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Notebook: CJ has Milestone Day

Posted Oct 21, 2012

Buffalo is where Chris Johnson roams.                          

Johnson rushed for 195 yards and two touchdowns on 18 carries against the statistically softest run defense in the NFL this season in Sunday’s 35-34 Titans victory over the Bills. He averaged 10.8 yards per carry.

SEE IT AGAIN WITH NFL GAME REWIND

The fifth-year running back has increased his rushing total all three times he’s gone against the Bills. He had 132 yards rushing and 100 receiving yards at home in 2009 and 153 rushing yards with two TD runs in a win at Buffalo last December.

“I don’t think I’ve ever had a bad game versus them, but it seems like my offensive line, they come through when we come here or whatever,” Johnson said. “They did a great job of getting on the linemen and getting to the second level of the linebackers and my fullback did a great job of blocking all game.”

Johnson recorded both of his touchdowns Sunday in the first quarter, becoming only the third player in Titans/Oilers franchise history with 40 career rushing TDs (Earl Campbell, 73 and Eddie George, 64), at least 30 games with 100-yards rushing (Campbell, 39 and George, 36) and at least 6,000 career rushing yards (Campbell, 10,009 and George, 8,574).

Johnson darted up the middle, glided to the outside, obtained the edge and gracefully launched himself from the four-yard line across the goal line for a 16-yard score on the Titans’ opening possession.  

He set an NFL record on his next carry when he found an opening thanks to a block by Quinn Johnson and zoomed 83 yards untouched for the score, becoming the only player in league history with four scores of 83 yards or more. It was the fifth-longest run in team history behind 91-, 89- and 85 yarders by Johnson during his 2,006-yard effort in 2009 and a 91-yarder by Sid Blanks in 1964.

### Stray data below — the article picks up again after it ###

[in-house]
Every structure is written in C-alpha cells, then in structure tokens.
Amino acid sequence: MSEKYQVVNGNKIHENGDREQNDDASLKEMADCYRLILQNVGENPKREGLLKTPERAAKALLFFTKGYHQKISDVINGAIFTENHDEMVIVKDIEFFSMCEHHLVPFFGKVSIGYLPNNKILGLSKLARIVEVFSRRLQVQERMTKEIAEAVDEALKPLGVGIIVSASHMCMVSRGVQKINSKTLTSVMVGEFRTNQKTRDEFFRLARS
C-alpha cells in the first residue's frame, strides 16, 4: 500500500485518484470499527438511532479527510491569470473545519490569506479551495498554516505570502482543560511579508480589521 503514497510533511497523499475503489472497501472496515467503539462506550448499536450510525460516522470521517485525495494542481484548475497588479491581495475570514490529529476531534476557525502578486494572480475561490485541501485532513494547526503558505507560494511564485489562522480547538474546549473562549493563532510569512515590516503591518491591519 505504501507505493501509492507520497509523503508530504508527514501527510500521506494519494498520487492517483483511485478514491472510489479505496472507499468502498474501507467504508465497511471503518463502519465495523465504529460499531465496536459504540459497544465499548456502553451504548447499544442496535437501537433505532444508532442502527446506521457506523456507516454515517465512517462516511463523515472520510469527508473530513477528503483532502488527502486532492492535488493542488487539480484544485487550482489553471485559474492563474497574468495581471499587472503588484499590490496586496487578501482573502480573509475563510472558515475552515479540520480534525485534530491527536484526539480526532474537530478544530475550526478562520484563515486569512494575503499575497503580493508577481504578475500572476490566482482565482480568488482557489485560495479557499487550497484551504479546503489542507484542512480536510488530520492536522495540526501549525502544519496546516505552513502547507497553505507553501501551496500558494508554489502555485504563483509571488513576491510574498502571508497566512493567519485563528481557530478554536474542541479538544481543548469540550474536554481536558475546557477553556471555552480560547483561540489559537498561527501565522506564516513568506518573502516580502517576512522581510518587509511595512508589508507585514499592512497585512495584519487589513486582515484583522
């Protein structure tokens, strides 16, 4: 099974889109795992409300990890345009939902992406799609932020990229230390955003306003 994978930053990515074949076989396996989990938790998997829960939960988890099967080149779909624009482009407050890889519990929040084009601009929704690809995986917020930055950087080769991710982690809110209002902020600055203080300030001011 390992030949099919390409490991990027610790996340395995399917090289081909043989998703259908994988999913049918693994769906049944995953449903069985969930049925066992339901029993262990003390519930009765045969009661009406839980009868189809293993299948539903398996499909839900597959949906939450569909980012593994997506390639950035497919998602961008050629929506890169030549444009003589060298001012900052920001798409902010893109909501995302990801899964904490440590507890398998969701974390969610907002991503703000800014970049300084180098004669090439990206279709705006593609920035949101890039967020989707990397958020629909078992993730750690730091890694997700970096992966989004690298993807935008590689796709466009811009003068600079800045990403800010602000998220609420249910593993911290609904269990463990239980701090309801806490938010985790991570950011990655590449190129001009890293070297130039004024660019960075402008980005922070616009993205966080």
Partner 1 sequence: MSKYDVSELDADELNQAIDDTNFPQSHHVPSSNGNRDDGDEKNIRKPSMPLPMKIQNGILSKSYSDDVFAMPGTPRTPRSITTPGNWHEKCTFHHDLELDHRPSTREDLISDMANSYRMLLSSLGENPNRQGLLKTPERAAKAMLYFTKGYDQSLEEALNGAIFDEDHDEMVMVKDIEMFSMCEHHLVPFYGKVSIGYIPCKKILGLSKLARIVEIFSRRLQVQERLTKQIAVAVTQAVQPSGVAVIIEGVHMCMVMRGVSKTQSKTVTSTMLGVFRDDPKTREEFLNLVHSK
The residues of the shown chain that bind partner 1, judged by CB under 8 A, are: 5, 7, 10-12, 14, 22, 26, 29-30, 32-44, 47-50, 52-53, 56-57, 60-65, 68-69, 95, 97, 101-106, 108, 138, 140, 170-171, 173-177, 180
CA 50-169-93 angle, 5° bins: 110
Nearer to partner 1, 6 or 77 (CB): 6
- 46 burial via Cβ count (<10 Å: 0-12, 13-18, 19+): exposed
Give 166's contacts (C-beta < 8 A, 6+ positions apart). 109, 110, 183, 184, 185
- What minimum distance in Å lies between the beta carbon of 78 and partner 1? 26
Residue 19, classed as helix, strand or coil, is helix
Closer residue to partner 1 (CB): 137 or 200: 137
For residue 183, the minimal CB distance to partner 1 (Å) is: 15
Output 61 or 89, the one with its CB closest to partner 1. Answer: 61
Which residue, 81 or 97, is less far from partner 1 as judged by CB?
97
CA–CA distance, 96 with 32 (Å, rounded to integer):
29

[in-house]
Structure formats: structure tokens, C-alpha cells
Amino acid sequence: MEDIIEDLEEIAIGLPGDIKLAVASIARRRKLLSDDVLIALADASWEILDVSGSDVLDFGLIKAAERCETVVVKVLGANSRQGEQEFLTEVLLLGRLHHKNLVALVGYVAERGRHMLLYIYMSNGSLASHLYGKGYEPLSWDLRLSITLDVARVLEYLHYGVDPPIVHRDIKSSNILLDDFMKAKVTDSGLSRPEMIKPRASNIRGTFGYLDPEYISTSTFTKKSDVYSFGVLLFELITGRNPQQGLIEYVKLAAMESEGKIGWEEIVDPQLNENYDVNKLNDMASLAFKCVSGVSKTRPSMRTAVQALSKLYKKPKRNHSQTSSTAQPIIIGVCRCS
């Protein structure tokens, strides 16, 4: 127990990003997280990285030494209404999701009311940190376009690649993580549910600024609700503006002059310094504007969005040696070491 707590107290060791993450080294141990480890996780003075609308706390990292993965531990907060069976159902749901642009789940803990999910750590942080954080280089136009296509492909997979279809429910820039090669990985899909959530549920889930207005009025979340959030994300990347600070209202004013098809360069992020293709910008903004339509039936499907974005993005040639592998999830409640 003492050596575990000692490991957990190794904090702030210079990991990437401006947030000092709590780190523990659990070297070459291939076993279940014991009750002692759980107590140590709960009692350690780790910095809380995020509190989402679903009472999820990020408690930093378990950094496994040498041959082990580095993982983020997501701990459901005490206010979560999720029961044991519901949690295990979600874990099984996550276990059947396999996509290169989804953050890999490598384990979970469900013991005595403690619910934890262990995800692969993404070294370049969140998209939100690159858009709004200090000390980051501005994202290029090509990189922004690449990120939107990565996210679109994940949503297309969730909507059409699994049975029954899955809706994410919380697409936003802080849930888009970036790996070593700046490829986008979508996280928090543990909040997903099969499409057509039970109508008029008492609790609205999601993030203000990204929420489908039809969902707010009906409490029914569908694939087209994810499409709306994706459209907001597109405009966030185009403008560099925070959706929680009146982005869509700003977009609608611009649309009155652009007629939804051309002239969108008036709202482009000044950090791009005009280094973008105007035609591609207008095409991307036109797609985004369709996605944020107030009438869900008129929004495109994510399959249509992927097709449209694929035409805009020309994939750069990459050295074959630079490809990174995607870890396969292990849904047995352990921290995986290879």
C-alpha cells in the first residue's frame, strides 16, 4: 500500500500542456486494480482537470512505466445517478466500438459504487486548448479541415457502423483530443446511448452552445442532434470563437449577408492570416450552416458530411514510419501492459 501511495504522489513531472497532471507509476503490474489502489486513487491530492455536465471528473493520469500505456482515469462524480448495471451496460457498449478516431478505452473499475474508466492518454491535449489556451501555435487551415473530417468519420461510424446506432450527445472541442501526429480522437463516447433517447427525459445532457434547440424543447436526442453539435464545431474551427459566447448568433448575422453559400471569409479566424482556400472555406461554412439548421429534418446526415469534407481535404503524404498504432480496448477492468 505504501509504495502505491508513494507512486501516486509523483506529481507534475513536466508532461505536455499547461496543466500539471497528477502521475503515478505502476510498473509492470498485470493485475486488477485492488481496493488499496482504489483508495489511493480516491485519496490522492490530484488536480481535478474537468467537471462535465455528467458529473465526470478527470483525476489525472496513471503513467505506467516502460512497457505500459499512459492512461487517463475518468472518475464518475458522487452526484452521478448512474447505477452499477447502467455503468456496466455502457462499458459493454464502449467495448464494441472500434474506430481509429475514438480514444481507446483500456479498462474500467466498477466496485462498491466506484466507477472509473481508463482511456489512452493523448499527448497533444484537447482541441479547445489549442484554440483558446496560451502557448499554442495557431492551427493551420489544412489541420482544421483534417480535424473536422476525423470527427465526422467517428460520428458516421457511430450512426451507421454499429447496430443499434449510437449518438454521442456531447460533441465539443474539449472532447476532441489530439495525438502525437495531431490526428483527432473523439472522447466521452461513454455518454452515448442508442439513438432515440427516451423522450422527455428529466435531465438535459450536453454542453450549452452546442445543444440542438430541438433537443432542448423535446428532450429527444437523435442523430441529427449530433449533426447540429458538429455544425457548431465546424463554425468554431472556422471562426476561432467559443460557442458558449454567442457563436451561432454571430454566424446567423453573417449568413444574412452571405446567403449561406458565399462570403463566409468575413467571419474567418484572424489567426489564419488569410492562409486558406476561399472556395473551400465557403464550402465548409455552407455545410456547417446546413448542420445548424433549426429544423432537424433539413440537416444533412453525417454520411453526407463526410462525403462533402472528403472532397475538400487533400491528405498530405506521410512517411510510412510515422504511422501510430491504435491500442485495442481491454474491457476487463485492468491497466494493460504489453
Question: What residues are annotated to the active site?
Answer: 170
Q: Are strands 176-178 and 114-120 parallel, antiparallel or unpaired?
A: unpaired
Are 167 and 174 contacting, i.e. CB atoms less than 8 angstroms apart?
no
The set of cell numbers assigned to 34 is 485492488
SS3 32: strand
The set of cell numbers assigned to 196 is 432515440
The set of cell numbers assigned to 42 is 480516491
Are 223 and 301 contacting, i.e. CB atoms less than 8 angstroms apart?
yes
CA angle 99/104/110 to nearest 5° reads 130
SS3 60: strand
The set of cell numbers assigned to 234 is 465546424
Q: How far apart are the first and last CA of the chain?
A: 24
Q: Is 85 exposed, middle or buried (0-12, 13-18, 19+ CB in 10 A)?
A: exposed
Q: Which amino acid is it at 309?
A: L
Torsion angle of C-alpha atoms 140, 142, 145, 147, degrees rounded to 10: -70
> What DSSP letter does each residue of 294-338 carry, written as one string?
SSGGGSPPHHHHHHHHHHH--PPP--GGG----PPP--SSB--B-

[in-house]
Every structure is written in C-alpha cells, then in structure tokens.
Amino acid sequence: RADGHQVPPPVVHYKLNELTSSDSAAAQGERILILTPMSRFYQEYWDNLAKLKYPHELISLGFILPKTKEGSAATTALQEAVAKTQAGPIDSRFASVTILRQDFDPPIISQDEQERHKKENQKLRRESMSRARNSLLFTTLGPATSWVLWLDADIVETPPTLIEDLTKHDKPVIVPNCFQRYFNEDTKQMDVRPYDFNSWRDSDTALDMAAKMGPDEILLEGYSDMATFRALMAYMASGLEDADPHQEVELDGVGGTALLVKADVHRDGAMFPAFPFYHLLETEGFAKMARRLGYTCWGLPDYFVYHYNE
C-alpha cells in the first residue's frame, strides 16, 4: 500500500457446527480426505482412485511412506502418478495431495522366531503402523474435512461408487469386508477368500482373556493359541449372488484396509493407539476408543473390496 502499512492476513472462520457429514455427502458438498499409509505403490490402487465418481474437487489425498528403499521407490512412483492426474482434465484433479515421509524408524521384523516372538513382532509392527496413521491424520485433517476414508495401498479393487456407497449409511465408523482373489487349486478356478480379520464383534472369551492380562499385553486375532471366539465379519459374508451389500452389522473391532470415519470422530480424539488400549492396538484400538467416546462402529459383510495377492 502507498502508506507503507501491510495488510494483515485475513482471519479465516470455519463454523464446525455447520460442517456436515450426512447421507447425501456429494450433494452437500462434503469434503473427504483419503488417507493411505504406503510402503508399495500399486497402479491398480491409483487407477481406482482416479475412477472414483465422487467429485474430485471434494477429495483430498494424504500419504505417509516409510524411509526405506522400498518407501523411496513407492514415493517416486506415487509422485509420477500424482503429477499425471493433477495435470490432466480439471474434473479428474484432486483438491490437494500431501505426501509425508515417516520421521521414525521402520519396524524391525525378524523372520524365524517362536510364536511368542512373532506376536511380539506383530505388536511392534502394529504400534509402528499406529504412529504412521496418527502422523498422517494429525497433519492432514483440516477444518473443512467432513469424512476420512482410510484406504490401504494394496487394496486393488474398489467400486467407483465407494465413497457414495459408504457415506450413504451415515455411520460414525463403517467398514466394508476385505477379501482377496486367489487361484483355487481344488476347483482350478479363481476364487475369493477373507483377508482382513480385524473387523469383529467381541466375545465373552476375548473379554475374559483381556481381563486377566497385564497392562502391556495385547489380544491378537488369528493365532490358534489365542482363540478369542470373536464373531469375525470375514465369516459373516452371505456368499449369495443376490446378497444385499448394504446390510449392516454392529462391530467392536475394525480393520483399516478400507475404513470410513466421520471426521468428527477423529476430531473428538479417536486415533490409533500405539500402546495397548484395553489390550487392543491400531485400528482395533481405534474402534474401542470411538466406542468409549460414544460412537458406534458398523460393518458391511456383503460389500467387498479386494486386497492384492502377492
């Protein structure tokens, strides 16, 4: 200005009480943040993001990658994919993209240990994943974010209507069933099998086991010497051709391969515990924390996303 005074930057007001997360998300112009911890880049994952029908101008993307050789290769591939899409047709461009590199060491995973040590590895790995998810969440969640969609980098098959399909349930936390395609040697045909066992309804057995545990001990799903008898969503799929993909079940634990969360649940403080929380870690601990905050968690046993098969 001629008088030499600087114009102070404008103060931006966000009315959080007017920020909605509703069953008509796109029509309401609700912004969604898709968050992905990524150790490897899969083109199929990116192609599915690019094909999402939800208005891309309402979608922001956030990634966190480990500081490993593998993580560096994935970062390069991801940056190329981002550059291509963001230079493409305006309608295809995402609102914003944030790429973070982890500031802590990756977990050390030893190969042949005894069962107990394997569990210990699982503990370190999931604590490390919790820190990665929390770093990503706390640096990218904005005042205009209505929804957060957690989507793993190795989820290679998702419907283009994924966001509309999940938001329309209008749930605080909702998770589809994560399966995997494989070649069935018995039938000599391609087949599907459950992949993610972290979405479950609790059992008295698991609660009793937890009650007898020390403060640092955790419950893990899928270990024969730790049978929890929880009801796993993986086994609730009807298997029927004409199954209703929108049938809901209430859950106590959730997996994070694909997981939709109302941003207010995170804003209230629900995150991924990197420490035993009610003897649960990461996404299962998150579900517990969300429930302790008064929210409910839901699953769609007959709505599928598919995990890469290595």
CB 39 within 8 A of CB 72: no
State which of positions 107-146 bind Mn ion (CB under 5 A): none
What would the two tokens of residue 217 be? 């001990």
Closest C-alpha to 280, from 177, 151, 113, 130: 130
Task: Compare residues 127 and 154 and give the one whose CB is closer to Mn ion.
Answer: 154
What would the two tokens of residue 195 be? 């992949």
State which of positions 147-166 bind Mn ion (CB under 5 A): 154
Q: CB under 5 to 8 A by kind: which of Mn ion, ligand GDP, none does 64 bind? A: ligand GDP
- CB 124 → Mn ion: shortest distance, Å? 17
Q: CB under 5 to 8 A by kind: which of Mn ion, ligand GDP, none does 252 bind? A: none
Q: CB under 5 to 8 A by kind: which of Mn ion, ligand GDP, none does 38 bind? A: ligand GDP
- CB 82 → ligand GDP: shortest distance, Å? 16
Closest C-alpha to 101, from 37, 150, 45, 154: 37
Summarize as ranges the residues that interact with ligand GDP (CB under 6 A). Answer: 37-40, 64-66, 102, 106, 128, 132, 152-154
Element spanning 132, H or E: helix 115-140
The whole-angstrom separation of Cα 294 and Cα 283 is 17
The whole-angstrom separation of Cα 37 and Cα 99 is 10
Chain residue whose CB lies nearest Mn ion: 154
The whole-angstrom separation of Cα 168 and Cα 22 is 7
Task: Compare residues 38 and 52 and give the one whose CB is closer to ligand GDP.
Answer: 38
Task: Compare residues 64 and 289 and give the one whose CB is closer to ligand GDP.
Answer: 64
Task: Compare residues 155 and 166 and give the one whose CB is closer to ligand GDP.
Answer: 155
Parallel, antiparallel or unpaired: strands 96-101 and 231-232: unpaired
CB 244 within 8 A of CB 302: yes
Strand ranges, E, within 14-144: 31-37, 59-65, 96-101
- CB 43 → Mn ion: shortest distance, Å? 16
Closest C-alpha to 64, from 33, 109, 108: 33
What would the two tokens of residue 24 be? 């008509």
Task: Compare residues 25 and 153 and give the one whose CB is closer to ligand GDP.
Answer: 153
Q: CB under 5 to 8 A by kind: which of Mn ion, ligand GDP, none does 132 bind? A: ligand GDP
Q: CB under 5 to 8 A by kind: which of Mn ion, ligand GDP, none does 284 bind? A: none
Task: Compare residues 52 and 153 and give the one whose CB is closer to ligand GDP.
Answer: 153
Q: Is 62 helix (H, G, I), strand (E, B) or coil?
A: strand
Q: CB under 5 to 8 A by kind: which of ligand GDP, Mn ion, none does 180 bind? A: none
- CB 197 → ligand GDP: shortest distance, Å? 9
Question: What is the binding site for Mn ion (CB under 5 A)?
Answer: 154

It was also Johnson’s 10th career TD run of at least 45 yards, which tied O.J. Simpson for third all-time.

MILESTONES FOR HASSELBECK TOO: Fourteen-year NFL veteran Matt Hasselbeck recorded the second straight comeback victory and engineered his 22nd career game-winning drive.

Starting in place of injured second-year QB Jake Locker for the third straight week, Hasselbeck recorded his 199th career TD pass in dramatic fashion when he fired the ball to Nate Washington for a 15-yard score that converted a fourth-and-9 with 1:03 left in the game. The pass tied the score at 34, and Rob Bironas added the decisive extra point.

“The coaches, I think, designed the play to go to Nate,” Hasselbeck said. “I was looking at Jared (Cook) first, and I think I held the safety just a little bit. The wind kind of took the ball and put it in there nice, Nate made a great catch. It was a great feeling. Small window, I think the wind made it look like a better throw than it was because it kind of knifed right down in there, but those are the kinds of plays that Nate makes.

“He’s made a few of them for us this year; it’s just a great feeling,” Hasselbeck continued. “We practice those situations all the time in practice, it doesn’t always even work in practice. To pull through once again in a close game for our third win, in a game that came down basically to the last play, was a great feeling.”

Tennessee started the game-winning drive with a sack of Hasselbeck, but the quarterback erased the 8-yard loss by connecting with Washington for a gain of 19 on second-and-18. Washington, however, fumbled the ball backward 2 yards and out of bounds as he was tackled. Chris Johnson took the ball on third-and-1 and scampered 27 yards to the Buffalo 16.